How Burying Beetles Spread their Seed: The Coolidge Effect in Real Life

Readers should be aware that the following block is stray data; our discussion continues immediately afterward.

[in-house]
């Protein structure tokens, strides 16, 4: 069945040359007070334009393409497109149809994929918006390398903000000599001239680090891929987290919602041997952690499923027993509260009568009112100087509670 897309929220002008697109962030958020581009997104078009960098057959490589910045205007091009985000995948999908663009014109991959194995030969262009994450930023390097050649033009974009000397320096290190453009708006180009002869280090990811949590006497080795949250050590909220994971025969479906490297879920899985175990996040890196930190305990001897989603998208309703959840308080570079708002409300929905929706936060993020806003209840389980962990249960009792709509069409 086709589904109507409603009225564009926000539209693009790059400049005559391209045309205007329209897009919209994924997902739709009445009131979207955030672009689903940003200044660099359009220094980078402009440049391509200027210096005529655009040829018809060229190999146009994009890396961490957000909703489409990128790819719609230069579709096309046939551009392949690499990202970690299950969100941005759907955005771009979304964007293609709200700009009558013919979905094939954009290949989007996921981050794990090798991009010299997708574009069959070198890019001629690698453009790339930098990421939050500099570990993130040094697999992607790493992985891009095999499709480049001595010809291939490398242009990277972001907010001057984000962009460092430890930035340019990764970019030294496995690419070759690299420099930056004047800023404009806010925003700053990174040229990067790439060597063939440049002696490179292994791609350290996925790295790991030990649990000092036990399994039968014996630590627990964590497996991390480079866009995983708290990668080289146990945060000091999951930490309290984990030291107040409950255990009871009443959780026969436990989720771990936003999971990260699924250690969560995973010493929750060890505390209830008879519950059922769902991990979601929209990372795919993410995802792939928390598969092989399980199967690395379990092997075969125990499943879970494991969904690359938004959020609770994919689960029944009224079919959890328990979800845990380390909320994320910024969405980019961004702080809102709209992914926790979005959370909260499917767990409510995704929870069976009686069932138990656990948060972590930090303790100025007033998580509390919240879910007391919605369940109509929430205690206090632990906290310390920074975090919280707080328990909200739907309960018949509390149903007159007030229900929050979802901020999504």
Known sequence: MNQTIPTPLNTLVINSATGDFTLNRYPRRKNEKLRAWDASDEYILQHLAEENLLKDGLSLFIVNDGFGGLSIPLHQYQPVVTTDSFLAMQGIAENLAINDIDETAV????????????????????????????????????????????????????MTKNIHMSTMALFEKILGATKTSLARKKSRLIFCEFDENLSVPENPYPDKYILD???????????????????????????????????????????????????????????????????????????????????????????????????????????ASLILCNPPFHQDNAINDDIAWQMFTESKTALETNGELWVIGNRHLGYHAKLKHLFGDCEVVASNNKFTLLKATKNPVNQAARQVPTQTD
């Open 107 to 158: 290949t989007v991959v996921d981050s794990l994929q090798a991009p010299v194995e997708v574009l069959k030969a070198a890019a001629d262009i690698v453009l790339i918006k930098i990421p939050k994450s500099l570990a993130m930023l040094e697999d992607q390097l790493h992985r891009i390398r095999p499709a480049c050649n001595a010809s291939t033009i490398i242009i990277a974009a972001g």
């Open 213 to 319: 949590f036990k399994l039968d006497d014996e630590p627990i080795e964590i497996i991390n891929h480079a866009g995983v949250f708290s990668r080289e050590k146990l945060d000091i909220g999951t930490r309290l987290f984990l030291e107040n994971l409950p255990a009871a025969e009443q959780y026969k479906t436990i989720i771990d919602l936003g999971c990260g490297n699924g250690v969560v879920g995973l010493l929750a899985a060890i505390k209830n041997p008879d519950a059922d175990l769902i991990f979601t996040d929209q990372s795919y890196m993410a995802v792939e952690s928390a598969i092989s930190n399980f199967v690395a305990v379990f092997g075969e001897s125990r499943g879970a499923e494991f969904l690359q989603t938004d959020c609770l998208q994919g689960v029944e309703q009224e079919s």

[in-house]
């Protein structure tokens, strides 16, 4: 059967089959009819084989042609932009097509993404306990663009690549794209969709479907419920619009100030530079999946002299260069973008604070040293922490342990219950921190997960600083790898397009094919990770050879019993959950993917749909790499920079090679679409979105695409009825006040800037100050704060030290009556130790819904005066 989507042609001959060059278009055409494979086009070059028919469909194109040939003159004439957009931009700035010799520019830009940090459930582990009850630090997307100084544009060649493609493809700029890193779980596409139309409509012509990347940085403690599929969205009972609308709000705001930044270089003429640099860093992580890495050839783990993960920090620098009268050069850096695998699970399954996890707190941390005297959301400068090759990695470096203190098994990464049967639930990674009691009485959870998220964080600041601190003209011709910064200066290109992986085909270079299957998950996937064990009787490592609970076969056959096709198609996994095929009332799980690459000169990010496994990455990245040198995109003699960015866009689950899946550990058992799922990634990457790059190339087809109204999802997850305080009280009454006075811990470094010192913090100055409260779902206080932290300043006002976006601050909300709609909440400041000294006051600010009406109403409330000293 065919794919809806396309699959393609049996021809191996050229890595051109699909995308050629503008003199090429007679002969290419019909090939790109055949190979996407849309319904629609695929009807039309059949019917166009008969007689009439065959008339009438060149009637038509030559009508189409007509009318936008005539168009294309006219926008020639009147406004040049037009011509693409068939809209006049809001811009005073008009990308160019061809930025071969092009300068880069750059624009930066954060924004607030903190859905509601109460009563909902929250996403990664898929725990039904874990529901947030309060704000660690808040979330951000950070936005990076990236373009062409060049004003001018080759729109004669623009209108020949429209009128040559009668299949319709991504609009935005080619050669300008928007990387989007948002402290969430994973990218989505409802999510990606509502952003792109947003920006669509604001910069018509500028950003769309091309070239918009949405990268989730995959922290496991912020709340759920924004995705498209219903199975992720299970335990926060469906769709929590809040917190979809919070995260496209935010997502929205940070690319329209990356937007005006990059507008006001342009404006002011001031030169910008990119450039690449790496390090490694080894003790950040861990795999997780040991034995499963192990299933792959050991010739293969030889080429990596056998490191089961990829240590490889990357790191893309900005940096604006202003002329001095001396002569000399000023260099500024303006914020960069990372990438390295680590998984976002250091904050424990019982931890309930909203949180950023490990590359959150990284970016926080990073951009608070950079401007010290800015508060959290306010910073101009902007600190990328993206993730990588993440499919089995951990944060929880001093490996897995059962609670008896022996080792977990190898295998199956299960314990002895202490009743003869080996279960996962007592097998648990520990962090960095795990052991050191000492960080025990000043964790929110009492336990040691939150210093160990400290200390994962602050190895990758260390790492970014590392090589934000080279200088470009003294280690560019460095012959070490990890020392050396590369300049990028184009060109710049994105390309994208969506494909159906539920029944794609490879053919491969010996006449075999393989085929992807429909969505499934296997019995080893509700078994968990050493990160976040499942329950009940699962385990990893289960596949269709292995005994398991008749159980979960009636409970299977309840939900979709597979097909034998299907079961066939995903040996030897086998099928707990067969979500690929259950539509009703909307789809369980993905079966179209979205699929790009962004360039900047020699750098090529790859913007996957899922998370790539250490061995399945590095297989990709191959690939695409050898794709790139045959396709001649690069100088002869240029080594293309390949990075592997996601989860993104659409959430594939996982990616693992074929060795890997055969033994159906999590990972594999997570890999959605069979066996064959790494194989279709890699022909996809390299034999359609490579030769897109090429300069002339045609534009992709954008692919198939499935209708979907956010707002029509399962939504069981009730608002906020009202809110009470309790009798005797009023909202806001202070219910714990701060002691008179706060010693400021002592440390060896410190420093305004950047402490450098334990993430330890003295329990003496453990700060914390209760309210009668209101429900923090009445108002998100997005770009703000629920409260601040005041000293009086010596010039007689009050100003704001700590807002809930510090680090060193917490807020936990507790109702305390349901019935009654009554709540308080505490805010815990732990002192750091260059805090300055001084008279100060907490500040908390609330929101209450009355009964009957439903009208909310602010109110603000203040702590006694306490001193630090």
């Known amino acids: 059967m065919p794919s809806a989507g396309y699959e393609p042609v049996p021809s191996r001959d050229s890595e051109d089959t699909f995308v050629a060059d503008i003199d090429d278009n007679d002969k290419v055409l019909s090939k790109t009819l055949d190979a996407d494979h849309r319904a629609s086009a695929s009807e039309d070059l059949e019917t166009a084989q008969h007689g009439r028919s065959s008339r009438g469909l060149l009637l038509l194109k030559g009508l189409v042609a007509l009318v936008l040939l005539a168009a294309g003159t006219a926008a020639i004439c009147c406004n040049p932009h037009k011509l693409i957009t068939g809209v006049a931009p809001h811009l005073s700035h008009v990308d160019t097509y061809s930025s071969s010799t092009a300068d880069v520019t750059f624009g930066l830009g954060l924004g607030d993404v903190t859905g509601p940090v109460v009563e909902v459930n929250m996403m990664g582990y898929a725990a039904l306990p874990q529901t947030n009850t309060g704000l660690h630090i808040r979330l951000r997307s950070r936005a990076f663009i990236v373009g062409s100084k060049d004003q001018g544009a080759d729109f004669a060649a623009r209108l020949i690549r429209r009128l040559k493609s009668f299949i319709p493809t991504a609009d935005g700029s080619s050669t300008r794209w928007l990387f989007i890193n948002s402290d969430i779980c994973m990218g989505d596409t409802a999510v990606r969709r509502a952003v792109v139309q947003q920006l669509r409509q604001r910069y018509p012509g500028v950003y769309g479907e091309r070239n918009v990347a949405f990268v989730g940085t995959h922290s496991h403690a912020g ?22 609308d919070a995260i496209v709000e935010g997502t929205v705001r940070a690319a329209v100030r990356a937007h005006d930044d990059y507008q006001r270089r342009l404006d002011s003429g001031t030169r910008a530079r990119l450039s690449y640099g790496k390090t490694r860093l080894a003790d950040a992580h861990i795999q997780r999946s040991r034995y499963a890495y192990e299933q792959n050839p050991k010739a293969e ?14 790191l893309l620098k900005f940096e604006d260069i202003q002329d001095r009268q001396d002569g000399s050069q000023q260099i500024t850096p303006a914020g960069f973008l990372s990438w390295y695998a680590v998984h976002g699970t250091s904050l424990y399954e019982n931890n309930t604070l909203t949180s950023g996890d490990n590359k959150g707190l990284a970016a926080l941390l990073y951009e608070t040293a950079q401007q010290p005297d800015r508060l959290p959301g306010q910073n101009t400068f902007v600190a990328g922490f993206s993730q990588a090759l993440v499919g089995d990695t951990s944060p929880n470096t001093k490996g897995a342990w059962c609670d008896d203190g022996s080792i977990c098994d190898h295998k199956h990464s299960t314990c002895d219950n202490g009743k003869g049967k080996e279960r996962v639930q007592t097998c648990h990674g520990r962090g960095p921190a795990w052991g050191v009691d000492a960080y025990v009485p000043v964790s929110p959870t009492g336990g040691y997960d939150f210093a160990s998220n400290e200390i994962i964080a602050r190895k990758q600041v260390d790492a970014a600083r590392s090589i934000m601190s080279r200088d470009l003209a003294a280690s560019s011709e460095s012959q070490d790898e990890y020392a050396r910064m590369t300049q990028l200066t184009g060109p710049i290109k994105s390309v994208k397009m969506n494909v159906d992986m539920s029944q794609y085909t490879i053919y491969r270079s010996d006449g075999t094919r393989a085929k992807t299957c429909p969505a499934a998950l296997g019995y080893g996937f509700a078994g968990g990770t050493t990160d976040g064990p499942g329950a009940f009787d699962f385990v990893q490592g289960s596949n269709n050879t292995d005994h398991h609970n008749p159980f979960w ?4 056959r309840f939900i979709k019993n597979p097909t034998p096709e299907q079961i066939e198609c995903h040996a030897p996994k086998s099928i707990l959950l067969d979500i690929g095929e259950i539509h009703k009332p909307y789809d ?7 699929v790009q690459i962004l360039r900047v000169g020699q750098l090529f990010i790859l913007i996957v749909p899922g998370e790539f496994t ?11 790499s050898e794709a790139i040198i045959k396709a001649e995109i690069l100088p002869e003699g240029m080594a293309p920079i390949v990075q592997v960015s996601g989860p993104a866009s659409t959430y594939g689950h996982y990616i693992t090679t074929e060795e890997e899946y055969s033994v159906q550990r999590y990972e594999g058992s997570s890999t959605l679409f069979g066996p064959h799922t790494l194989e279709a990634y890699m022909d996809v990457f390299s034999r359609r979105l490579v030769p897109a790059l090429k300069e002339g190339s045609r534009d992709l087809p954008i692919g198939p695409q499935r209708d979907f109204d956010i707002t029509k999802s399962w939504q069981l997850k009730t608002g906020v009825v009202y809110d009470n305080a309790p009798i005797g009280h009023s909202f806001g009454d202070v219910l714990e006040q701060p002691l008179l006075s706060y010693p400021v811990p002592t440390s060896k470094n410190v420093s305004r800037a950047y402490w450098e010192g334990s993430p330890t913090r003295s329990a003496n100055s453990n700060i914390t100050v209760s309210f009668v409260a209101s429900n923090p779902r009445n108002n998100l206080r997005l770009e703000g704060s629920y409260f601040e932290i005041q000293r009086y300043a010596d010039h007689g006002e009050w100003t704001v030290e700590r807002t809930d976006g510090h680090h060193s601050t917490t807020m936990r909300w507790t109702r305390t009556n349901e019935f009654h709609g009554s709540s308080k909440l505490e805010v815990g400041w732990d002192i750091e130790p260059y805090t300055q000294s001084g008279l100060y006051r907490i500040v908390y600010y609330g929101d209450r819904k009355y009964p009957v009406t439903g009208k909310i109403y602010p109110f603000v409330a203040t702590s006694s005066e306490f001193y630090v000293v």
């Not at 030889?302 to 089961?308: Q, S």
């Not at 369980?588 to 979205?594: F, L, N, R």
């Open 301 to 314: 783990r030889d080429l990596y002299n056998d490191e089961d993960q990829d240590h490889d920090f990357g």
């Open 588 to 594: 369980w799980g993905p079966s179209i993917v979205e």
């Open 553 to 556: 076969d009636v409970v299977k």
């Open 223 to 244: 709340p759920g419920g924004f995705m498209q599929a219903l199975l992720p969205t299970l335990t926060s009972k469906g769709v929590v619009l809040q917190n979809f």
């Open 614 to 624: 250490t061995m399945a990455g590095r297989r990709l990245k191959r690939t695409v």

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The Coolidge effect is a well-known phenomenon in the behavioral sciences. It was first observed in several different mammals and refers to the decline in the sexual interest of males over the course of repeated encounters with the same female, coupled with renewed interest in a novel female introduced when the male no longer shows any desire to mate with the original female. Among a handful of other invertebrates, this effect has also been described for burying beetles (Nicrophorus vespilloides Herbst) based on lab observations of males and females in small containers without access to carrion. In the field, the only repeat encounters between males and females occur on carcasses, which can be utilized as food or buried for reproduction. In the present study, we placed dead mice in the field to investigate how often natural breeding groups include males and several females. We found that many breeding groups in the field satisfy this condition necessary for a Coolidge effect. In addition, we used direct observations of undisturbed breeding assemblages in the lab to assess whether males really exhibit the Coolidge effect in a more natural context, when they are engaged in burying and preparing a carcass. Since males encounter dominant and subordinate females at different rates, we compared how often successive encounters and matings occurred with the same female, which revealed that males in these undisturbed breeding groups actively avoid mating with the same female twice in succession. This shows that the Coolidge effect is not a laboratory artefact, but is part of the natural repertoire of behaviors in male burying beetles.